Species: Loggerhead sea turtle
Arrival Date: January 2, 2017
Stranding Location: Stuart, Florida
Initial Weight: 55.8 lbs.
Current Weight: 87.08 lbs.
Issue: Fishing gear ingestion, buoyancy issue (intestinal)
Current Condition: Improving
Rosie is a large juvenile loggerhead that was found in the St. Lucie River by boaters. The turtle at some point ingested fishing line and is now passing it out through the cloaca. We will monitor the passing of the line closely. There is cotton ball attached to it in order for us to see its progression out of the digestive tract. Radiographs show that the turtle does not have an ingested hook and that the intestines are impacted with food debris. There is also air in the intestines. We will monitor closely with bloodwork and follow-up radiographs as we treat with antibiotics and other medications.
This turtle is progressing well and responding to therapy as desired.
There is a minor issue that we are working to resolve.
More details to follow.
08/29/2018 – Rosie’s white cell count is finally normal and the turtle has been taken off all antibiotics.
07/29/2018 – Rosie continues to slowly improve.
07/11/2018 – Rosie’s white count came back down from the revised treatment.
07/04/2018 – Rosie’s white count went very high when antibiotics were
changed, so they were changed back to original.
06/27/2018 – Rosie continues to undergo nebulization with antibiotics. We plan to take lung radiographs this week to evaluate the improvement.
06/20/2018 – Bacterial cultures revealed a drug-resistant bacteria in the turtle’s lungs. The treatment has been changed to target that organism both systemically and via nebulization.
06/13/2018 – Rosie went under bronchoscopy to check the lungs. We took samples for bacterial culture and should have results by next week.
05/30/2018 – Rosie continues to have lung issues, so we plan to do a bronchoscopy procedure in the next week to get cultures from the lungs.
04/26/2018 – Rosie’s white cell count is approaching normal.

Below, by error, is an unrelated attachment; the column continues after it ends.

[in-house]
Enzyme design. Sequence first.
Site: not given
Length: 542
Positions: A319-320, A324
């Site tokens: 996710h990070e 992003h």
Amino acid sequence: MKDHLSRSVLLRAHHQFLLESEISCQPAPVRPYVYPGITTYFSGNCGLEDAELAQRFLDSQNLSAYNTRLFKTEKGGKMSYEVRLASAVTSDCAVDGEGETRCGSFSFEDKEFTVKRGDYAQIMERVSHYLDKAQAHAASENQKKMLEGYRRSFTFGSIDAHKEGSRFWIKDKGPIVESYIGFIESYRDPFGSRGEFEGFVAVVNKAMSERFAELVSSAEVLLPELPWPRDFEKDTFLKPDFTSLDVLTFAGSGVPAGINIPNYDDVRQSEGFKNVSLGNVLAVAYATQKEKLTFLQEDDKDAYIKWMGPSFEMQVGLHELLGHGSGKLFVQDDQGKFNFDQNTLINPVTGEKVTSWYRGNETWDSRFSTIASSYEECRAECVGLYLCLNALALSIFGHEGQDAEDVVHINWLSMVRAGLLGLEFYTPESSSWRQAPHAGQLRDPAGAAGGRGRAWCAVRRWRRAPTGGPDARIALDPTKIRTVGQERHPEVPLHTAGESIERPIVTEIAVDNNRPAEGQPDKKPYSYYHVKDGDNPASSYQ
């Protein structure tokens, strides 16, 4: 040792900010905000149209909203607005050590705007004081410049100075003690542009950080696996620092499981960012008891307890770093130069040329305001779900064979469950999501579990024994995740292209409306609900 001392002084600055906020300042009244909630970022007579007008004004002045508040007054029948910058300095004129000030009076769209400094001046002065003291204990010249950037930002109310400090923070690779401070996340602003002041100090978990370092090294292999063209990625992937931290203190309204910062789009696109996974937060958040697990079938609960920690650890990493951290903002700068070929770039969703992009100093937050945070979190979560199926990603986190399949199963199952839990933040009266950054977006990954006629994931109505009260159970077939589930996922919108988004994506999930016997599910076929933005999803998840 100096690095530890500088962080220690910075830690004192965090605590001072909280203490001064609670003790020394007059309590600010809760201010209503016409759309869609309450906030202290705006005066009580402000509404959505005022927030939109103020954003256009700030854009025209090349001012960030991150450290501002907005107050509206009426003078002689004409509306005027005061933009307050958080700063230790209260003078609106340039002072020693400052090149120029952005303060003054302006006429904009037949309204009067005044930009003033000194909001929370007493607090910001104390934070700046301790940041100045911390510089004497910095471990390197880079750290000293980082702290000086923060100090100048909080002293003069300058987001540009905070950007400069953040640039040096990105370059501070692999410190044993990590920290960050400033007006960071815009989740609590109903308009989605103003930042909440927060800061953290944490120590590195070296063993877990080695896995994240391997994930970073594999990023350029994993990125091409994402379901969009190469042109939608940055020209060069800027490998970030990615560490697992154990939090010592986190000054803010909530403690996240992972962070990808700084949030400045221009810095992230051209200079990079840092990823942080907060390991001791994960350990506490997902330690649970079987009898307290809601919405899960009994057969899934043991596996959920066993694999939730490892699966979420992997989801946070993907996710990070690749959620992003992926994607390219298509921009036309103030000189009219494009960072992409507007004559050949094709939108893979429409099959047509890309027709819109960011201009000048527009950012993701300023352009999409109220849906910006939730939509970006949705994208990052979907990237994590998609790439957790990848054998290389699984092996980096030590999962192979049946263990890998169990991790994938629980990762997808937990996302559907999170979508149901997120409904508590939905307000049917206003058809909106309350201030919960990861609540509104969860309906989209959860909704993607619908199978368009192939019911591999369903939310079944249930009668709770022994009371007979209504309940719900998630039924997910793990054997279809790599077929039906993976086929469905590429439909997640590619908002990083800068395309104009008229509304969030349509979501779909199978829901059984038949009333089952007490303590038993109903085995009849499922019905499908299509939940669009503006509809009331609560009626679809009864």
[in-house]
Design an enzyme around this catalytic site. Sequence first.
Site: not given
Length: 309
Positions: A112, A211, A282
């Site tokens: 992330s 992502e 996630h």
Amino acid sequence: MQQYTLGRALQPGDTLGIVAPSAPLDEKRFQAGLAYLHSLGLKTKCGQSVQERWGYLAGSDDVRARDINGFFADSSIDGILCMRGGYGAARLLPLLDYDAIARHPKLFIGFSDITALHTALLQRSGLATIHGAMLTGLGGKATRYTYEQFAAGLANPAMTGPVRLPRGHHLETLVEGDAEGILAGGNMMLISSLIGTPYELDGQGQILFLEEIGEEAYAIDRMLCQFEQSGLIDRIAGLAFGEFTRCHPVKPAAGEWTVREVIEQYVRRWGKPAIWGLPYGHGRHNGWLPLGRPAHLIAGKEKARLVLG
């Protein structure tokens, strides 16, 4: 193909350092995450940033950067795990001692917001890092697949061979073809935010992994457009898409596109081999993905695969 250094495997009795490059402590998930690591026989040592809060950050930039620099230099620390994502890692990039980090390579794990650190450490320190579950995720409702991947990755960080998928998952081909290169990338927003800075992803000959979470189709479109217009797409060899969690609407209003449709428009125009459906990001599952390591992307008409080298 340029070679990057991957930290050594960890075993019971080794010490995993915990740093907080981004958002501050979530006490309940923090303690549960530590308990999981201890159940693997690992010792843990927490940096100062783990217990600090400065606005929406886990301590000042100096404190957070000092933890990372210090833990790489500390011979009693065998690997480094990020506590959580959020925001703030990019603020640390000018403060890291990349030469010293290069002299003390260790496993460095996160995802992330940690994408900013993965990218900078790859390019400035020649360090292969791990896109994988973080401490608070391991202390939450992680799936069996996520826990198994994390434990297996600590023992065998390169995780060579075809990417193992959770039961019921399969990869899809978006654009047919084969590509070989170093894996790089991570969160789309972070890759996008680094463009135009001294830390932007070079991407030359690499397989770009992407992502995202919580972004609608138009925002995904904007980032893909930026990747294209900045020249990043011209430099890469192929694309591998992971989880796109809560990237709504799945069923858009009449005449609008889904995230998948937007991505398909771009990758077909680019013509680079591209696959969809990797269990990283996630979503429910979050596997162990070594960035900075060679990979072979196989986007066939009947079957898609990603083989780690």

04/20/2018 – Radiographs revealed lungs are slowly healing.
04/11/2018 – White cell count is approaching normal.
03/29/2018 – Rosie continues to do well.
03/09/2018 – The white cell count has decreased and the current treatment plan will be continued.
03/01/2018 – Rosie’s white cell count has increased and a new antibiotic has been started.
02/23/2018 – The bacterial culture came back negative. The fungal culture results are still pending.
02/14/2018 – Rosie had a bronchoscopy yesterday to investigate a possible lung infection. Cultures were taken. The lungs appeared to look normal.
01/31/2018 – Rosie’s white cell count is within normal limits, but the turtle has been placed on an anti-fungal medication as a precaution for a possible lung infection.
12/27/2017 – Rosie is doing well in the larger tank and is using the flipper more each day.
12/07/2017 – Rosie has been moved to big blue.
11/29/2017 – Rosie is using the affected flipper more and more. The turtle will be moved into Big Blue this week to allow for more exercise.
11/22/2017 – Rosie is beginning to use the affected flipper.
10/25/2017 – Rosie continues to receive medication for osteomyelitis. A re-check radiograph is scheduled to be done in the near future.
09/19/2017 – Rose did well during transportation to and from Atlanta. Rose ate well while at the aquarium. Upon arrival back to LMC, blood-work showed the turtle had an elevated white cell count, so the antibiotic treatment plan has been modified.